Nerf War Etiquette (a.k.a. how not to piss everyone off at the wars)Before I jump right into it, let me put this 3-piece disclaimer out there for all of you reading this article.
- All names have been omitted for the protection of those involved as well as the wars in which these instances occurred. I am not here to call you out for any mistakes you have made in the past or to embarrass you in from of the rest of the NIC.
- If you think that I am actually talking about you, you can PM me and Iíll let you know. This article is not a massive flame against anyone, just a form of constructive criticism to aid everyone in the NIC, especially the newer members, with how one should act at any war.
- Finally, if you still feel that I am truly talking about you (which may be hard since no names will be mentioned), your guilty conscience gets the better of you and you decide to post in the article anyways, then you have defeated the purpose of my keeping you anonymous and I am no longer responsible for what anyone may say to you, not like I am responsible for what is said by anyone but myself.
At each of the wars that I have attended, the most common scenario played was Deathmatch, with anywhere from 2-4 teams going at it. There were also a couple of rounds of Capture the Flag in two different styles at HCNO and pistol rounds at Reckoning. I am not going into detail on pistol rounds at this time since they are the same as Deathmatch with the exception that they are sometimes played with no teams and the only major difference is only short-range weapons can be used. I am also not going to discuss Capture the Flag as the rules were constantly being adjusted throughout the day. Nearly everyone on the East Coast plays Deathmatch, with most of the New Jersey players participating in this scenario exclusively. Let me first go into the breakdown of how Deathmatch is played and what you should and shouldnít be doing. I know nearly everyone out there knows how to play Deathmatch, but I have been seeing a few things that need to be addressed.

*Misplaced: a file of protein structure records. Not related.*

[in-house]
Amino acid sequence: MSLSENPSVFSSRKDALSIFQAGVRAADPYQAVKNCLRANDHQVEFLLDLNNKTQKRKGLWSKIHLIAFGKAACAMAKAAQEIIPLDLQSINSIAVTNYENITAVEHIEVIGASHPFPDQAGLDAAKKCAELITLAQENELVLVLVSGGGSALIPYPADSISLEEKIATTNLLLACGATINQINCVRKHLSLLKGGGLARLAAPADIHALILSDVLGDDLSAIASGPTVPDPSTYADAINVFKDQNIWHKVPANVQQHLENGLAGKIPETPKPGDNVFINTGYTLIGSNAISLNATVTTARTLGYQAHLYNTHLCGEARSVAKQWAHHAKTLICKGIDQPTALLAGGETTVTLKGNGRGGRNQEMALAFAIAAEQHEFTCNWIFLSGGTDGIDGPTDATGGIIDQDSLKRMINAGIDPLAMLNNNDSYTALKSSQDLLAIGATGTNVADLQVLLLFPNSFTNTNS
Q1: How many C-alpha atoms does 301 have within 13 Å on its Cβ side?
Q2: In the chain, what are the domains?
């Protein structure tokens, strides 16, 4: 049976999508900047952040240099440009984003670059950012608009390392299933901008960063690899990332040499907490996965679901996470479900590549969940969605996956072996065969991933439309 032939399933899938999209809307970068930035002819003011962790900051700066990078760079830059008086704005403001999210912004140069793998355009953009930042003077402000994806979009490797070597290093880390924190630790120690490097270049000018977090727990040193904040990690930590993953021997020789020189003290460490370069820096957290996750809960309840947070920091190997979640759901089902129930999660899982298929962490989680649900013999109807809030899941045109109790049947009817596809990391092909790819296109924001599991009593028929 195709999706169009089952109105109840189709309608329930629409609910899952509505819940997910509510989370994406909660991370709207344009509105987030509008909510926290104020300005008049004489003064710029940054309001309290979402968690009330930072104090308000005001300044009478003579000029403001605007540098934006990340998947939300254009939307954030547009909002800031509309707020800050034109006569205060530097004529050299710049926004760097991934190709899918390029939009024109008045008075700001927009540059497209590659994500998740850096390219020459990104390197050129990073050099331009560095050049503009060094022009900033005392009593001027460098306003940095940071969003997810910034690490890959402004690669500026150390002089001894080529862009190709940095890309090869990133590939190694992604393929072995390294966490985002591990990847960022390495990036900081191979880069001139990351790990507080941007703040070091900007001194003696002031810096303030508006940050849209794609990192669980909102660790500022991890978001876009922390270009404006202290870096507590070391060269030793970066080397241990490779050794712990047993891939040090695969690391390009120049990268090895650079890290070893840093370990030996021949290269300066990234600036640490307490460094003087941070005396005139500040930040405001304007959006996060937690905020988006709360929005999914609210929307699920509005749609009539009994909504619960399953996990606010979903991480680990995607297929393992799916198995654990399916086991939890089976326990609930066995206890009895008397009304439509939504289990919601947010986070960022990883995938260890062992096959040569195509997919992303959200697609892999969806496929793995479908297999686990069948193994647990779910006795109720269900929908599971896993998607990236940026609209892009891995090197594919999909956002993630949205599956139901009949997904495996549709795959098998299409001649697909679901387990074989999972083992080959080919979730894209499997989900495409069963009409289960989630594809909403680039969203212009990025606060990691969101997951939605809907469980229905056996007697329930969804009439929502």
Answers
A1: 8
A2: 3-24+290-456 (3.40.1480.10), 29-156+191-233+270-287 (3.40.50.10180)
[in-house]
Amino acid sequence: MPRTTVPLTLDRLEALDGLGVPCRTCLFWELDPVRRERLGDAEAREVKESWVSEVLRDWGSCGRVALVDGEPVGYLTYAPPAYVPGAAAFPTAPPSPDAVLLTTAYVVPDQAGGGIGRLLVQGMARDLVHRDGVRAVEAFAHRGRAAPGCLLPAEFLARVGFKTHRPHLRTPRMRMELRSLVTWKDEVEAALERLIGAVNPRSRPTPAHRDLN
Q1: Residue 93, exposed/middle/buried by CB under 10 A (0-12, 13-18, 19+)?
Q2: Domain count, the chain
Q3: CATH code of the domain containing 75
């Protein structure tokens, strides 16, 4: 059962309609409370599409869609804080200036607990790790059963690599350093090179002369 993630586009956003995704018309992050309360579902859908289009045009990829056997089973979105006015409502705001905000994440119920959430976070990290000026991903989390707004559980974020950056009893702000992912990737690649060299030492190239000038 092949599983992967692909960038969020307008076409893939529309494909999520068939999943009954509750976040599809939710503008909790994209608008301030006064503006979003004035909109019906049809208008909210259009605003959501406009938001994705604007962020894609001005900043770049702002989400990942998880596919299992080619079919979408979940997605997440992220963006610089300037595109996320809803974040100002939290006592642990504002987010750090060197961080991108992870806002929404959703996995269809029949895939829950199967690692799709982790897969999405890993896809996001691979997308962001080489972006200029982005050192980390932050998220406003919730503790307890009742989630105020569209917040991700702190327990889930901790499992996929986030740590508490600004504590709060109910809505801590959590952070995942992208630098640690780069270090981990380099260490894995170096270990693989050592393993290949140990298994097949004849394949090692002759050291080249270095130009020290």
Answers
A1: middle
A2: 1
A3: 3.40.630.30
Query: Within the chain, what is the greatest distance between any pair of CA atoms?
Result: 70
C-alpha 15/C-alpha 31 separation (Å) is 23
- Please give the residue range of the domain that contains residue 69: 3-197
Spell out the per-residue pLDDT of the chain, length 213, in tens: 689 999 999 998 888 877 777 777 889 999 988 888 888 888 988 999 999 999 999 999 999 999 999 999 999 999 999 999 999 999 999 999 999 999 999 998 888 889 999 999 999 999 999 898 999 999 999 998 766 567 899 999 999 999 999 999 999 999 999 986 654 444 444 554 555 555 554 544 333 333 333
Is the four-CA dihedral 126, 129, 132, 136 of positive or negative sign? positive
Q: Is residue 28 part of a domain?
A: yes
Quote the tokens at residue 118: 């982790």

The rules of Deathmatch:
- The round is played with the 3/15 rule.
- Each player has to be hit three times before they are eliminated from the round.
- After each hit, they must point their gun into the sky to show everyone that they have been hit and count to 15. While they are counting, they must clear the combat area.
- Once they reach a count of 15 and have removed themselves from the active combat area, they must shout "CLEAR!" and then they may return to the round.
- A valid hit is any hit from a projectile onto any part of their body. If their gun is hit, they are still out, with the exception of the Manta Ray. It is the only gun hit allowed since the gun was designed to also be a shield. Ground skipping darts and ricochets don't count.
- Another valid hit is a close quarters hit, or tappping, in which the assailant takes someone out by tapping the barrel of their gun onto the person.
- Once a player has been hit three times, they are eliminated from the round. They must clear the field and return to the staging area to wait for the current round to end.
GETTING HIT/HITTING SOMEONE
The most obvious thing that I have seen is people not admitting to being hit. I can understand that it is sometimes hard to tell if it was a glancing blow or the shooter was using an unmodified gun and the darts really have no force behind them, but we all work on an honor based system. If you are hit, fess up to it. I am not saying that everyone does this. I have shot at people that swear they werenít shot because they were shot at by two people and they only heard and saw the one that hit the tree, but in the end they do take the hit. I have even allowed people that were hit that feel that it never happened to continue on in play. Iím not going to sweat it if I canít absolutely confirm it.